The beauty of fishing in the Tampa area is that, even in months when fishing is "slower" there are still opportunities to go out and catch a variety of fish. Good luck and good fishing.

Captain Stewart Ames
Gone Fishing Charters

US Coast Guard Licensed Captain
Member Florida Guides Association
(727) 421-5291

Thursday, August 04, 2011

Tarpon Springs Fishing Report 8-1-2011

Hot Enough for Ya?

Well it is no doubt, a hot summer! All around the country we are seeing record highs. Here in Florida, we are having a typical summer pattern with early afternoon showers, following very humid and hot days. The fishing is also a little predictable this time of year. We have to change up our normal approaches to account for the often, overheated shallow waters. Most of us Clearwater Fishing Guides are seen working the beach swashes for Snook and Trout, as well as the passes where the water flows are a little cooler than the stagnant backwater locations. I was in water last week over 90 degrees! After noticing the temperature on my fish finder, I knew it was time to move west towards cooler waters. High 80's is a little more tolerable to most of our fish. However, don't forget, we are in a subtropical region so our fish do like the warmer weather. But still, they tend to get a bit lethargic in the shallow areas, especially on lower tides when they cannot access the shade of the mangroves.
Snook are still a popular target right now. The bite has began to slow for sure. Recently, I had some trips where we fished into groups of twenty or more Snook at a time. Presenting Sardines and Pinfish until we finally got a taker. Unfortunately, that was the only bite we got and had to move after a couple hours to find other, more cooperative fish. That's Snook fishing though. Varying your bait can be a way to entice Snook to eat. Grunts, Sardines, Pinfish, and Shad are all frequently successful in getting stubborn fish to react. The main thing to remember is that Snook will often eat at a specific time in relation to the tide. The fish I left the other day, may have eaten every bait we threw at them in a couple hours. The time we were there may not have been lunch time for them. That can be the frustrating side of fishing for these finicky fish. But the wait can be extremely rewarding for those willing to put in the time. As a guide, I know the potential and often have the patience to continue to present the baits in the correct manner. Once you get a 35 incher on the line, you easily forget the time it took to get hooked up, I promise!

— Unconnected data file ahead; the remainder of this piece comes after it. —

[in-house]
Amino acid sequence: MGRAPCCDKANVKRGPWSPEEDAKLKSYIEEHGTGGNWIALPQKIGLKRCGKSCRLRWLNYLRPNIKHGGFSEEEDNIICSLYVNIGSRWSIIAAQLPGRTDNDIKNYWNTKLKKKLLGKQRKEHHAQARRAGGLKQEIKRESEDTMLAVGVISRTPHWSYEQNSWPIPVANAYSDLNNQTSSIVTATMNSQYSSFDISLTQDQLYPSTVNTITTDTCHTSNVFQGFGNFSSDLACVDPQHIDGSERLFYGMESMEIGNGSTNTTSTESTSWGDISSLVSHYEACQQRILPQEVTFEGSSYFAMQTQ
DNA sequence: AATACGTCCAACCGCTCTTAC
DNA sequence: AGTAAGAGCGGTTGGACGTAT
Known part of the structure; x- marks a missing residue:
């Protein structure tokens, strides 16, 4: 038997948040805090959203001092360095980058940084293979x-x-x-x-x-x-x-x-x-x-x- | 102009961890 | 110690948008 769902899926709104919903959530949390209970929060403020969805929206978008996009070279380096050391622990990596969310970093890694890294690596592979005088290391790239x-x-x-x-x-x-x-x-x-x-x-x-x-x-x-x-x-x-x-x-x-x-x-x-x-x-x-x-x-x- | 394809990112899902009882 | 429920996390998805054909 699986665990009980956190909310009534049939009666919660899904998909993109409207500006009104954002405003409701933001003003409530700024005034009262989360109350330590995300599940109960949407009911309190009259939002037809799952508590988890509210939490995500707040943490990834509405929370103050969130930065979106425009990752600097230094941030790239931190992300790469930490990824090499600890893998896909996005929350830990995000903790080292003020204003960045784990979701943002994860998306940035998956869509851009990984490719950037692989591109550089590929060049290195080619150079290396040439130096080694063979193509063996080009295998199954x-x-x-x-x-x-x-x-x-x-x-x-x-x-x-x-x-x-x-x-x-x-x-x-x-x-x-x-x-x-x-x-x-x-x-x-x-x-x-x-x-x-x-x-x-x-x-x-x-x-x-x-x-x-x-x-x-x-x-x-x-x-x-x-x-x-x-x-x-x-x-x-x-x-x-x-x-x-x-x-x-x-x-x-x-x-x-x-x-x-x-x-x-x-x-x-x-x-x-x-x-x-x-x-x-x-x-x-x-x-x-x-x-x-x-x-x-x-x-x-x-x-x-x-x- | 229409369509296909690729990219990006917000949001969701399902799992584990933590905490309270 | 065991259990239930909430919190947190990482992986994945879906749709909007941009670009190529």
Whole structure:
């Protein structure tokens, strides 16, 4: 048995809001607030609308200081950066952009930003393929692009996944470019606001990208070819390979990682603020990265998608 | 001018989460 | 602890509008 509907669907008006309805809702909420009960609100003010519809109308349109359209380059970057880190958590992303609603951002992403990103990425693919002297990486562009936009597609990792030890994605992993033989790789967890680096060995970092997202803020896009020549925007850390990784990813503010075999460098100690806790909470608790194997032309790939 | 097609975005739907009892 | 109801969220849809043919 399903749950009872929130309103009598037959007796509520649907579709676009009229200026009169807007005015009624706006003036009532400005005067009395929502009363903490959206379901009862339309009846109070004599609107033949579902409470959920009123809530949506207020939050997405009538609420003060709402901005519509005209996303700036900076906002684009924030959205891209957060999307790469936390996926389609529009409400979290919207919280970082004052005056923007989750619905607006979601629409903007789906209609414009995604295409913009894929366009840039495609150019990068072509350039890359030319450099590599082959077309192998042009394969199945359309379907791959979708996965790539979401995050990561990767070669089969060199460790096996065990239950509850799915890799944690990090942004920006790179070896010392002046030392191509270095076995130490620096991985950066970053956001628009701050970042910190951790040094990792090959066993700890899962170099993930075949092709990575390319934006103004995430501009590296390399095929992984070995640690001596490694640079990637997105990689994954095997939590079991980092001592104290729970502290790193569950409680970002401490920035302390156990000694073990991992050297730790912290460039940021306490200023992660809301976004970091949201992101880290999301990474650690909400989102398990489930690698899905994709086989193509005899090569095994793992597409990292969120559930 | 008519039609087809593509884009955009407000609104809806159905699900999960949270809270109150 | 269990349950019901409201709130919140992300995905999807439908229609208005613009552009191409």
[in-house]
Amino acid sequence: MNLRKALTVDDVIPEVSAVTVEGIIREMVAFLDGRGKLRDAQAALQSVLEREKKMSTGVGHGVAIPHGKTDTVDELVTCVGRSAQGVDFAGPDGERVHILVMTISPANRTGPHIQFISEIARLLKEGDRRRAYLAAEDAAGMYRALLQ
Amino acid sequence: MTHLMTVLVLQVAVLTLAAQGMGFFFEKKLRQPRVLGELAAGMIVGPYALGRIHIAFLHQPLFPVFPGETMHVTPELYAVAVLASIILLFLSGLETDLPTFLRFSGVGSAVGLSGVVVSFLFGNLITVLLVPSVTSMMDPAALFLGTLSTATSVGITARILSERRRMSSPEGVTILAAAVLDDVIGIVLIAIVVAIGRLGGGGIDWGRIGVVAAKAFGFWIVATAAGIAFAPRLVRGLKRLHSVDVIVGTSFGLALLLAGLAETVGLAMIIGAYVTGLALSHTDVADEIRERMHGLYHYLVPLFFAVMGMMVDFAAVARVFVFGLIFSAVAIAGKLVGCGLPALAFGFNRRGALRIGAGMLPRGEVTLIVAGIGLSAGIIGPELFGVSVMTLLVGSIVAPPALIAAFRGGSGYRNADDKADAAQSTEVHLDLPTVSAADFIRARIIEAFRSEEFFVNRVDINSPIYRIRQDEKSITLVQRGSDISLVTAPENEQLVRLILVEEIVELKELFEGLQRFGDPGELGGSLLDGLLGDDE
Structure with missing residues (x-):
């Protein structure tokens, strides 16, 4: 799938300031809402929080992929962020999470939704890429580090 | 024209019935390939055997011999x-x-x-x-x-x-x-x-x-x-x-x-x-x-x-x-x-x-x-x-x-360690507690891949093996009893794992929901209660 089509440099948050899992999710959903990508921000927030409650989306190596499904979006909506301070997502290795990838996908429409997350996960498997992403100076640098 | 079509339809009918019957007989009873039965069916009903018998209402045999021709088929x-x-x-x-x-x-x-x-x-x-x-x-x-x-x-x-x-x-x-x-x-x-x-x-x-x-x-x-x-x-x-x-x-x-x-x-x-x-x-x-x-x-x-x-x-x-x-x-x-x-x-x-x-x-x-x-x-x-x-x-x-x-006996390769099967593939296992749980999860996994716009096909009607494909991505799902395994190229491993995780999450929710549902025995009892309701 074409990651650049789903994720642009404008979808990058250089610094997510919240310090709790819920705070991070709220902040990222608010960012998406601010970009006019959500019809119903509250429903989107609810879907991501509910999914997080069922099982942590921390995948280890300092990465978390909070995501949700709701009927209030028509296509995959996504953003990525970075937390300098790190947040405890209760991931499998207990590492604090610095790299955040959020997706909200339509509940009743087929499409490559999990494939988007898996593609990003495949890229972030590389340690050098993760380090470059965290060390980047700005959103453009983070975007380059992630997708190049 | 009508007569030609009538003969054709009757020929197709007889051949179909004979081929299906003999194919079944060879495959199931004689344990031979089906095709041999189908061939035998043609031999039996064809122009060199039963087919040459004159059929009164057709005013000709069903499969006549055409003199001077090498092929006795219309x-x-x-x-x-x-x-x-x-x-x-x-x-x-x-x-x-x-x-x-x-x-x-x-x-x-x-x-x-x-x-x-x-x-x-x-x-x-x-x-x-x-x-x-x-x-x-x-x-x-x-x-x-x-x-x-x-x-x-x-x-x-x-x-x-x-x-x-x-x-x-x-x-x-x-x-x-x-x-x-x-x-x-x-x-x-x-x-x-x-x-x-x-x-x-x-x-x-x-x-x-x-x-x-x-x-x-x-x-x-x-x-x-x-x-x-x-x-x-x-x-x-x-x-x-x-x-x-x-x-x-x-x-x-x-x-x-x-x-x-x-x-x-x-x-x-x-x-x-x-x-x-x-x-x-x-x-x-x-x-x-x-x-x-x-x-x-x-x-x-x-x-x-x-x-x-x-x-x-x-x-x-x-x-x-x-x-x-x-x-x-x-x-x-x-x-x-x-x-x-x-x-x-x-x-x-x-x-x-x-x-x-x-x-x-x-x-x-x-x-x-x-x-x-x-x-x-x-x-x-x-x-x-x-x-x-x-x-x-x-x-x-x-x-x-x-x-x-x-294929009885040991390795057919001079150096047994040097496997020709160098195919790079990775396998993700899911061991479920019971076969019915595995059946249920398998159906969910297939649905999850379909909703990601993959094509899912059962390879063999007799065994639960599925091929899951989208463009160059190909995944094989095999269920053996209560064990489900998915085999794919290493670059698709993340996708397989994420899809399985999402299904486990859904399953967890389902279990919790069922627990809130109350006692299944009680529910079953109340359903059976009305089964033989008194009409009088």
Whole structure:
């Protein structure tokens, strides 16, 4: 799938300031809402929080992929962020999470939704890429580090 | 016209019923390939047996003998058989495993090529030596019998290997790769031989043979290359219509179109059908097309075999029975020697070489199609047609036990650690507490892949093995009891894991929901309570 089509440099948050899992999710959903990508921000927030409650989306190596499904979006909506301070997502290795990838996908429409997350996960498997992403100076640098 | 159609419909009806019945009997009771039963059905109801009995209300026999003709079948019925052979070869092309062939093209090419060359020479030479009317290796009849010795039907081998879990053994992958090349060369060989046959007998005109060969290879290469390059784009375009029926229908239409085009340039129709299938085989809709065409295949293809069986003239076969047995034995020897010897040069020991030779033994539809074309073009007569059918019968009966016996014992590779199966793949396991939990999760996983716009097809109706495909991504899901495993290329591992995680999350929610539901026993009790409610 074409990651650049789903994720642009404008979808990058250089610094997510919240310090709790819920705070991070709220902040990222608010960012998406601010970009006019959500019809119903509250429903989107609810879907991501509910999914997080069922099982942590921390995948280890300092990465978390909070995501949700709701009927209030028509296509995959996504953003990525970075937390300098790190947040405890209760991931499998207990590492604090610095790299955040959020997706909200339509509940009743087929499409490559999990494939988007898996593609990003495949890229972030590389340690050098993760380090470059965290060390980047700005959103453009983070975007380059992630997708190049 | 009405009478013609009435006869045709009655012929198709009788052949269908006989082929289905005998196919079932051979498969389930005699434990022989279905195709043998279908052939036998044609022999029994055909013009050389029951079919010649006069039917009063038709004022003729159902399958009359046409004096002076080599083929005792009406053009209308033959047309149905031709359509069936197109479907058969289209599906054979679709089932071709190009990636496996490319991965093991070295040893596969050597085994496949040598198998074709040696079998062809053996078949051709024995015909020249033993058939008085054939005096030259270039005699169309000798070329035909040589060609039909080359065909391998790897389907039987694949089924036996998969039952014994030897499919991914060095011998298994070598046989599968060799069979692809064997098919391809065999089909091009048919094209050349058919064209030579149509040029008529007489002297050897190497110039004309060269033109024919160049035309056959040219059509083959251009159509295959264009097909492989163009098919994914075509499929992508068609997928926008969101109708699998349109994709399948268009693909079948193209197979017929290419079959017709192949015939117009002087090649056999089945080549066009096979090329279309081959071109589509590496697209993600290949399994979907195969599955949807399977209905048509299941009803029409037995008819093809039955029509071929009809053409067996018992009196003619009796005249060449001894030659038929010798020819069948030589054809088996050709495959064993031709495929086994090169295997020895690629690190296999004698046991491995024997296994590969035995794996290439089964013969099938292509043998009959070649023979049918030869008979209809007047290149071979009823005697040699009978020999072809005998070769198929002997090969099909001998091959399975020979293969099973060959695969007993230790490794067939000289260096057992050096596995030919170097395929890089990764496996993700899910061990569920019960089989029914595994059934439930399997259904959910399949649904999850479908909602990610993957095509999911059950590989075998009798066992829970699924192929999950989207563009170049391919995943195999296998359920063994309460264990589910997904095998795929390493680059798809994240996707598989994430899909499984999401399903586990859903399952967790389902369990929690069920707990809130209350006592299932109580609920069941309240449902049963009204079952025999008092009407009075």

Redfishing has proved to be difficult in the last few weeks. My best day recently was with my client, Dan Houghton. We were able to land 10 Reds after hooking 14 or 15 fish. They were all under one dock and none larger than 18 inches. They were fun to get on small sardines with a split shot near the hook to slow the baits in a quick tide. I have had other trips in the past couple of weeks when we caught one or two larger fish, but the schools are certainly fewer this month. I expect, like each year, that the fall months will see a resurgence of bigger schools gearing up for their spawn season.